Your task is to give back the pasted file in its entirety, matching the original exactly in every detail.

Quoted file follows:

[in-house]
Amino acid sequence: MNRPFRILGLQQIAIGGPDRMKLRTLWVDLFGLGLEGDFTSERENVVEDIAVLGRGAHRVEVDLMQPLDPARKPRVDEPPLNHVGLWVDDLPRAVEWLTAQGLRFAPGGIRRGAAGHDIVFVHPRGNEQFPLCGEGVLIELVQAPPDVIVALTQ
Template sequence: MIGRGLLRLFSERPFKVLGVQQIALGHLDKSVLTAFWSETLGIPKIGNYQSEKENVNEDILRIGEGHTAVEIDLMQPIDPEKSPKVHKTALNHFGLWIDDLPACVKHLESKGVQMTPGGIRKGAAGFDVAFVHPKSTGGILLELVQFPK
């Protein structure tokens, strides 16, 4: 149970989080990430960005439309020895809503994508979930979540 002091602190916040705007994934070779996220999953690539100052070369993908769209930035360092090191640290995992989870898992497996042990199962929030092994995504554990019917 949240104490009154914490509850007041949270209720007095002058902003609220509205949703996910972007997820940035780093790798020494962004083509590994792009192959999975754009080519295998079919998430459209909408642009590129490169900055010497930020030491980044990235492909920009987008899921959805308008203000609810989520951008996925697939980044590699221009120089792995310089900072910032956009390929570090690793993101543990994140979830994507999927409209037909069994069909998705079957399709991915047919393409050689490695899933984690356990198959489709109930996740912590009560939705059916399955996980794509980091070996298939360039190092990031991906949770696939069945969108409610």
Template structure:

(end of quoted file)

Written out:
[in-house]
Amino acid sequence: MNRPFRILGLQQIAIGGPDRMKLRTLWVDLFGLGLEGDFTSERENVVEDIAVLGRGAHRVEVDLMQPLDPARKPRVDEPPLNHVGLWVDDLPRAVEWLTAQGLRFAPGGIRRGAAGHDIVFVHPRGNEQFPLCGEGVLIELVQAPPDVIVALTQ
Template sequence: MIGRGLLRLFSERPFKVLGVQQIALGHLDKSVLTAFWSETLGIPKIGNYQSEKENVNEDILRIGEGHTAVEIDLMQPIDPEKSPKVHKTALNHFGLWIDDLPACVKHLESKGVQMTPGGIRKGAAGFDVAFVHPKSTGGILLELVQFPK
């Protein structure tokens, strides 16, 4: 149970989080990430960005439309020895809503994508979930979540 002091602190916040705007994934070779996220999953690539100052070369993908769209930035360092090191640290995992989870898992497996042990199962929030092994995504554990019917 949240104490009154914490509850007041949270209720007095002058902003609220509205949703996910972007997820940035780093790798020494962004083509590994792009192959999975754009080519295998079919998430459209909408642009590129490169900055010497930020030491980044990235492909920009987008899921959805308008203000609810989520951008996925697939980044590699221009120089792995310089900072910032956009390929570090690793993101543990994140979830994507999927409209037909069994069909998705079957399709991915047919393409050689490695899933984690356990198959489709109930996740912590009560939705059916399955996980794509980091070996298939360039190092990031991906949770696939069945969108409610």
Template structure: